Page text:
Maybe a better way to come at it would be to say that what distinguishes an idiosyncratic position from quackery is adherence to the rules of the game. On this Robinson passes. He was a consummate scholar. He knew the language and discourse of NT studies as it stood in the 1970s. He published with a press respected in the field (SCM Press: you can't find a much more respected press in biblical studies in the UK, and that was definitely the case forty years ago). He used the procedures appropriate to the field, and simply argued that those procedures should lead to different conclusions than is generally thought.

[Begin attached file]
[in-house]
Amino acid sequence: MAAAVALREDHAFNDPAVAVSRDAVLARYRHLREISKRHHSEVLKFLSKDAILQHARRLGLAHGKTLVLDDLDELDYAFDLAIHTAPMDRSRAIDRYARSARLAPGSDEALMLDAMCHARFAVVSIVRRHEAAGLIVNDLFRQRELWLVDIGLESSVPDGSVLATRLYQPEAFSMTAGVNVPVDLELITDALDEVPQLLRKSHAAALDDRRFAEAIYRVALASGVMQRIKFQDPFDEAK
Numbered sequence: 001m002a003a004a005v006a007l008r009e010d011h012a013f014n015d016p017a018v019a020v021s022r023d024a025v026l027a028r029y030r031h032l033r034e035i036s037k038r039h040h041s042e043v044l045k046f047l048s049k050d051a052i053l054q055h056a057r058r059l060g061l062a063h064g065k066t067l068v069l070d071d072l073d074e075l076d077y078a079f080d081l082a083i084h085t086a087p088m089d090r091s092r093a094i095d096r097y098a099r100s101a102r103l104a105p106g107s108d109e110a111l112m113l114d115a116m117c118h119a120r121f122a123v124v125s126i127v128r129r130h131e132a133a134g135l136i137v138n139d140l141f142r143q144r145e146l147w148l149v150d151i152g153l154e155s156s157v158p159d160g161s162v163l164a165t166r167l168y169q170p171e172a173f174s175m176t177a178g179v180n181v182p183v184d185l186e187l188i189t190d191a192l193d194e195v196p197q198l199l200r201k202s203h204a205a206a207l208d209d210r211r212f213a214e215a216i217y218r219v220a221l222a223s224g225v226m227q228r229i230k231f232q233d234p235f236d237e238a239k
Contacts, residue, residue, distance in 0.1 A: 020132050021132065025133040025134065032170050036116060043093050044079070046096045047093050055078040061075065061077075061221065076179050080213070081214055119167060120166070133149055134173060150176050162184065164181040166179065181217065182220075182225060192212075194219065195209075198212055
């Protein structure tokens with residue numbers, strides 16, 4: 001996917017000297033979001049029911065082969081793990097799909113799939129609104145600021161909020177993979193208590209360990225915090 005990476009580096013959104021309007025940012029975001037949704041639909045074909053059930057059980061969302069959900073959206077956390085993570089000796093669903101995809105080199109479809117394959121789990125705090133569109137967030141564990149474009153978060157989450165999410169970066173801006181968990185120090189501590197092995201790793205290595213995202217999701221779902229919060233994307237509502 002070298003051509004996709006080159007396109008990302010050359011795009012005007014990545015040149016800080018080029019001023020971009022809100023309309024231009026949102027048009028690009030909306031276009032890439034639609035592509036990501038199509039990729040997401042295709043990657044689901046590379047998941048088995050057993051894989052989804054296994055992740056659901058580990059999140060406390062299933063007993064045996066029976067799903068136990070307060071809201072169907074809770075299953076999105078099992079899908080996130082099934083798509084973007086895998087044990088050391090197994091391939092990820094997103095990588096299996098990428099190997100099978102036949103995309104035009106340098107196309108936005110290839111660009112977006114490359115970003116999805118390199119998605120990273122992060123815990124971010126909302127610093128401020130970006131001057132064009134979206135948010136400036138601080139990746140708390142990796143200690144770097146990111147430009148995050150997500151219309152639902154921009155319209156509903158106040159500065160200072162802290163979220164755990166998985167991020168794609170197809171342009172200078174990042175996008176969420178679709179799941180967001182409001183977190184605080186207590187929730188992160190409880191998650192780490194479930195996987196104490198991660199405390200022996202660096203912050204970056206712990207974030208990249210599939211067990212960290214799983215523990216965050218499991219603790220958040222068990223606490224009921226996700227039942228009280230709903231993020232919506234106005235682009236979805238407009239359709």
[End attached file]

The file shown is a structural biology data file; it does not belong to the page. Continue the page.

So in principle a mythicist or Jesus-denier could do likewise. But in point of fact most of them aren't. Rather, they insist on setting the rules. One has to meet the burden of proof that *they* set, using only the texts that *they* permit, answering only the questions that *they* pose and in the way that *they* pose them. And when they find people reluctant to play by their rules they create their own networks, independent of the academy. That's what makes their work quackery.

      The problem is that the data is such that, if mythicists played by the same rules as the rest of us, they wouldn't get very far. And they must know it, or else they wouldn't insist on setting the rules. So that would be my suggestion: if mythicists are so sure that they are right then let them follow the procedures followed by the discipline as a whole and show that this is the case. Until then, I'll assume that they can only advance their case through sophistry.